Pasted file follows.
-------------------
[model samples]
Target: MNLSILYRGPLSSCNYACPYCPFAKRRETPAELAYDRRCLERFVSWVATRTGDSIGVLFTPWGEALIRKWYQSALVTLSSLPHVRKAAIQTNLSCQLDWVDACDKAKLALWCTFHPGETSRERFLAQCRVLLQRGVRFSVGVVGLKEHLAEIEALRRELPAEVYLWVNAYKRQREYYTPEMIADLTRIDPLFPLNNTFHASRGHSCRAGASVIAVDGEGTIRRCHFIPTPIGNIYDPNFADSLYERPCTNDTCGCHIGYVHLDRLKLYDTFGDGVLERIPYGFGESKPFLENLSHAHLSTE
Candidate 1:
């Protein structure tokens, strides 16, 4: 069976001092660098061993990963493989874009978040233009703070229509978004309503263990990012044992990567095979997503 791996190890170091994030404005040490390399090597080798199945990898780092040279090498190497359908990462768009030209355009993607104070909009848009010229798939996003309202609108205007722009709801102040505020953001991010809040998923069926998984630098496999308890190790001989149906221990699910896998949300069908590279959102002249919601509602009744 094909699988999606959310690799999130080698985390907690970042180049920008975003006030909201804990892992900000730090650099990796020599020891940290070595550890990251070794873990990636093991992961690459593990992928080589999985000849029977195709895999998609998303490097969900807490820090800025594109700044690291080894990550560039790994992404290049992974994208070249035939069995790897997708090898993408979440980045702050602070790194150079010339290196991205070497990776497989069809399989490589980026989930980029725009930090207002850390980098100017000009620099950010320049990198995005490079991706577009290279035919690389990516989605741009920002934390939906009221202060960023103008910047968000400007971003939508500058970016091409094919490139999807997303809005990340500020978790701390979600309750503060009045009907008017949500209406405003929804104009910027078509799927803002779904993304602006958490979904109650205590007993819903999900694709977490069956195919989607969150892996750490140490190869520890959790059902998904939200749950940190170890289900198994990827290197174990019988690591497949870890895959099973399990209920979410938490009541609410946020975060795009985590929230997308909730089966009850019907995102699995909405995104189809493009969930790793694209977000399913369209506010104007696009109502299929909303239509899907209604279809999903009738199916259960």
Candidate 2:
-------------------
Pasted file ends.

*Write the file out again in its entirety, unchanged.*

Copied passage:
[model samples]
Target: MNLSILYRGPLSSCNYACPYCPFAKRRETPAELAYDRRCLERFVSWVATRTGDSIGVLFTPWGEALIRKWYQSALVTLSSLPHVRKAAIQTNLSCQLDWVDACDKAKLALWCTFHPGETSRERFLAQCRVLLQRGVRFSVGVVGLKEHLAEIEALRRELPAEVYLWVNAYKRQREYYTPEMIADLTRIDPLFPLNNTFHASRGHSCRAGASVIAVDGEGTIRRCHFIPTPIGNIYDPNFADSLYERPCTNDTCGCHIGYVHLDRLKLYDTFGDGVLERIPYGFGESKPFLENLSHAHLSTE
Candidate 1:
């Protein structure tokens, strides 16, 4: 069976001092660098061993990963493989874009978040233009703070229509978004309503263990990012044992990567095979997503 791996190890170091994030404005040490390399090597080798199945990898780092040279090498190497359908990462768009030209355009993607104070909009848009010229798939996003309202609108205007722009709801102040505020953001991010809040998923069926998984630098496999308890190790001989149906221990699910896998949300069908590279959102002249919601509602009744 094909699988999606959310690799999130080698985390907690970042180049920008975003006030909201804990892992900000730090650099990796020599020891940290070595550890990251070794873990990636093991992961690459593990992928080589999985000849029977195709895999998609998303490097969900807490820090800025594109700044690291080894990550560039790994992404290049992974994208070249035939069995790897997708090898993408979440980045702050602070790194150079010339290196991205070497990776497989069809399989490589980026989930980029725009930090207002850390980098100017000009620099950010320049990198995005490079991706577009290279035919690389990516989605741009920002934390939906009221202060960023103008910047968000400007971003939508500058970016091409094919490139999807997303809005990340500020978790701390979600309750503060009045009907008017949500209406405003929804104009910027078509799927803002779904993304602006958490979904109650205590007993819903999900694709977490069956195919989607969150892996750490140490190869520890959790059902998904939200749950940190170890289900198994990827290197174990019988690591497949870890895959099973399990209920979410938490009541609410946020975060795009985590929230997308909730089966009850019907995102699995909405995104189809493009969930790793694209977000399913369209506010104007696009109502299929909303239509899907209604279809999903009738199916259960």
Candidate 2: